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Review of Latest Ubuntu Release: Maverick Meerkat 10.10

written by: •edited by: Eric Stallsworth•updated: 12/9/2010
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If you have been putting off moving to Ubuntu, now is the time with Maverick Meerkat 10.10!

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    Ubuntu 10.10 Reviewed

    Ubuntu 10.10 review Ubuntu 10.10 is the latest version of the uber-usable Linux distro, designed to be even easier to get to grips with than any of its predecessors. Given the name Maverick Meerkat, this latest release of the Ubuntu operating system is intended to get even more users to switch to it as an alternative to Windows, Mac OS X and even the other versions of Linux; figures suggest that Ubuntu is already dominating Linux, with around 50% of all Linux PCs running this distro.

    One key intention with this version is to have the OS available to ship on home PCs as well as those intended for business use – so meeting user expectations for a modern operating system is a key requirement of this release.

    Does the Maverick Meerkat deliver?

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    System Requirements

    The beauty of Linux is that it looks great, yet requires little in the way of hardware bells and whistles. Maverick Meerkat can run on computers with as little as 384MB of RAM, making it suitable for netbooks, older laptops requiring a new lease of life as well as any HTPC you might be thinking of building out of old components. While the installation will need 3-4GB hard disk space, you should have 8-10GB free to run the operating system to its full capacity.

    For the best results systems with an Intel or AMD processor and suitable motherboard should be used, although there is a release for PowerPC devices.

    If you’re not certain about installing Ubuntu Maverick Meerkat however, once you have visited www.ubuntu.com, downloaded the operating system (as it is free!) and burned it to CD ROM, you can take advantage of the “Live Disc" feature which allows you to try out the OS without installing it.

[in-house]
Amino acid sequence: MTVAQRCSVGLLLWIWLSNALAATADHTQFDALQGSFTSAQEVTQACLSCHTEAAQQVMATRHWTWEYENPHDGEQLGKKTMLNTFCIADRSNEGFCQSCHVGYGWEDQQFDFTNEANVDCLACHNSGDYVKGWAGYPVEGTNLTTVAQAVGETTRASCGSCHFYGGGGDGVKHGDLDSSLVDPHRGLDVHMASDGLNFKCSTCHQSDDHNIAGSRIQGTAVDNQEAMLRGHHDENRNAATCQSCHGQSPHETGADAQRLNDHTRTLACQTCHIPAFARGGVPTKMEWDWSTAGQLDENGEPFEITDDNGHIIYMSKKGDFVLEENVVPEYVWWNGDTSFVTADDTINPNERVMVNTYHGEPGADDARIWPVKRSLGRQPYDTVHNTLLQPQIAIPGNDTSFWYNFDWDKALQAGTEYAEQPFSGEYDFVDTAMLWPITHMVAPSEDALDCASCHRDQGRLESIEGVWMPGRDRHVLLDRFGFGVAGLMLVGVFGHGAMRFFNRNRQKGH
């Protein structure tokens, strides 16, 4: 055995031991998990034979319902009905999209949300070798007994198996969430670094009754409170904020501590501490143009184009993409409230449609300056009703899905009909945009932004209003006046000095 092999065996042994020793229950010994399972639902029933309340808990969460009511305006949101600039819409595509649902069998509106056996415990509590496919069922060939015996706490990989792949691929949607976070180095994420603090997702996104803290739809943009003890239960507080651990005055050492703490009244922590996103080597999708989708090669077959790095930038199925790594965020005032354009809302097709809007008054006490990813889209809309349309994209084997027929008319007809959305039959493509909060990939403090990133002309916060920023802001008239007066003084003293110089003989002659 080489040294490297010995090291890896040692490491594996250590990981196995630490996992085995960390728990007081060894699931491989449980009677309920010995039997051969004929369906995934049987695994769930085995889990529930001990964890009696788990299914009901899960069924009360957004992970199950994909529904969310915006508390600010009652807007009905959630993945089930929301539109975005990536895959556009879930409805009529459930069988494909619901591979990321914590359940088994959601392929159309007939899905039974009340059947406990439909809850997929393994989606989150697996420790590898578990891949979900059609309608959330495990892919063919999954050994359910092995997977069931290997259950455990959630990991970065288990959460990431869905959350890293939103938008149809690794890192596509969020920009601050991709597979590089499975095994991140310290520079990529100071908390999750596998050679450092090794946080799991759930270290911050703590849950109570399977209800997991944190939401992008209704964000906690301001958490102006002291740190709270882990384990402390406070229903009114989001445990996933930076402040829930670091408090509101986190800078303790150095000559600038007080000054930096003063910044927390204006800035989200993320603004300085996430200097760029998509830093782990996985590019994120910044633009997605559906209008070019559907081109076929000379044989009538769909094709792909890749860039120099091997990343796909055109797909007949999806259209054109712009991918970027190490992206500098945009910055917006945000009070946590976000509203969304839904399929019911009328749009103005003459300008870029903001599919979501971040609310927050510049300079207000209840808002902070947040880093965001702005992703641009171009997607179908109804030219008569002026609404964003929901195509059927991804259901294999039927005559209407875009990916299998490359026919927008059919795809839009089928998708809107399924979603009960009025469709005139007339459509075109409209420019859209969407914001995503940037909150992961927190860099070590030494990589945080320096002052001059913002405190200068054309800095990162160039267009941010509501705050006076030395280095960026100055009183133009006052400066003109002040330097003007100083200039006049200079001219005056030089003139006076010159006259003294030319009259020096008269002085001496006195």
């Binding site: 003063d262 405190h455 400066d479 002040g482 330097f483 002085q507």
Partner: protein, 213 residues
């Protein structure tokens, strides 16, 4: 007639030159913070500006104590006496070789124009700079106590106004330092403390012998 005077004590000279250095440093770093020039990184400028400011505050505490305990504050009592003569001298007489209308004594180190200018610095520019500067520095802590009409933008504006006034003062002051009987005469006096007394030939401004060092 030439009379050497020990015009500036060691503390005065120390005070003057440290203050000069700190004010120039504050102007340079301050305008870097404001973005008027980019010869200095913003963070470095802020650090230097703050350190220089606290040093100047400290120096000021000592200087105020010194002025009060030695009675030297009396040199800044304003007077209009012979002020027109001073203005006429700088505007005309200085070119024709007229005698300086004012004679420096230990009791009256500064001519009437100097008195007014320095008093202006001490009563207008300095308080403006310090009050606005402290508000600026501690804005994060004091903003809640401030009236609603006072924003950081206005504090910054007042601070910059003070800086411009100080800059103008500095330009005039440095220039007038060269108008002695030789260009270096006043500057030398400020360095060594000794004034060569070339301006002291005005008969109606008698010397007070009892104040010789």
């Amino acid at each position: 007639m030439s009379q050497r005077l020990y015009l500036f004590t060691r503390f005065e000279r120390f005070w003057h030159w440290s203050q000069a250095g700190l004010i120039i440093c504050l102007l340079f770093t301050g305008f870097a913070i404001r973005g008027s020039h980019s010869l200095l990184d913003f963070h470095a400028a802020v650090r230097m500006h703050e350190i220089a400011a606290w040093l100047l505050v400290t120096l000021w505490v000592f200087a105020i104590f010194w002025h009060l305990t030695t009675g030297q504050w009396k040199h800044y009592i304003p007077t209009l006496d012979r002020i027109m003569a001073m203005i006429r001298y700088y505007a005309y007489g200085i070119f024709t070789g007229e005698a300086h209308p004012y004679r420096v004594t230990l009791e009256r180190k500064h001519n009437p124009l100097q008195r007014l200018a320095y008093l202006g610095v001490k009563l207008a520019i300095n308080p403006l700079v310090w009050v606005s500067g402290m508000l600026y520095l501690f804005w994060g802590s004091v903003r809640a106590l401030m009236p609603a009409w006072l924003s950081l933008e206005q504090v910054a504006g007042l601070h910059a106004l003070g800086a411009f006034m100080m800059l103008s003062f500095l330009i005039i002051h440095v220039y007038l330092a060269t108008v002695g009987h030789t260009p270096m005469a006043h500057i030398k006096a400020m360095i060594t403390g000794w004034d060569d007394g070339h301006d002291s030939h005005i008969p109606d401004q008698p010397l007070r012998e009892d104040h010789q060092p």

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    User Interface

    Ubuntu 10.10 review Newcomers to Ubuntu will be a little disconcerted to find the menus arranged at the top of the screen rather than at the bottom, particularly if they have traditionally used Windows. However this arrangement makes sense, with the Applications, Places and System menus tidy across the top of the screen and all open apps accessible via a Windows-style task bar across the bottom. There is certainly a feeling that the Ubuntu developers have made the desktop even slicker than in previous releases, with the desktop expanded to four screens (accessible by clicking the mouse at a small series of squares).

    Getting around the user interface is easy – everything can be accessed via the menus or by desktop shortcuts, as with any modern desktop OS. There are few differences with Windows or Mac OS.

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    On-board Features

    Ubuntu 10.10 review Particularly impressive are the on-board features of this new operating system, which include games, Open Office, Firefox browser, an email client, a chat client and some great multimedia tools. Rhythmbox Music Player in particular is impressive, designed to connect to Last.fm and various online radio stations as well as play your MP3 collection.

    Meanwhile the Ubuntu Software Center lets you easily browse available apps that can then be quickly downloaded, such as anti-virus software, while updates are managed by the Synaptic Package Manager. Remember that almost everything on Ubuntu can be used for free, as the software is open source.

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    Does Ubuntu 10.10 Compare with Windows 7 or Mac OS X?

    Comparisons are usually very subjective, and can be easily swayed by the prejudices of those making and reading them. However I would contend that if Ubuntu 8 wasn’t a good enough alternative to Microsoft Vista (IMHO it was) then Ubuntu 10.10 Maverick Meerkat is certainly an alternative for Windows 7 and Mac OS X 10.6.

    As we’ve seen from the features and user interface, this OS has everything you could possibly need built into it, with any additional tools and utilities easily available via the package manager.

    Ubuntu is ready to be the friendly face of Linux, and it’s coming to a home PC near you.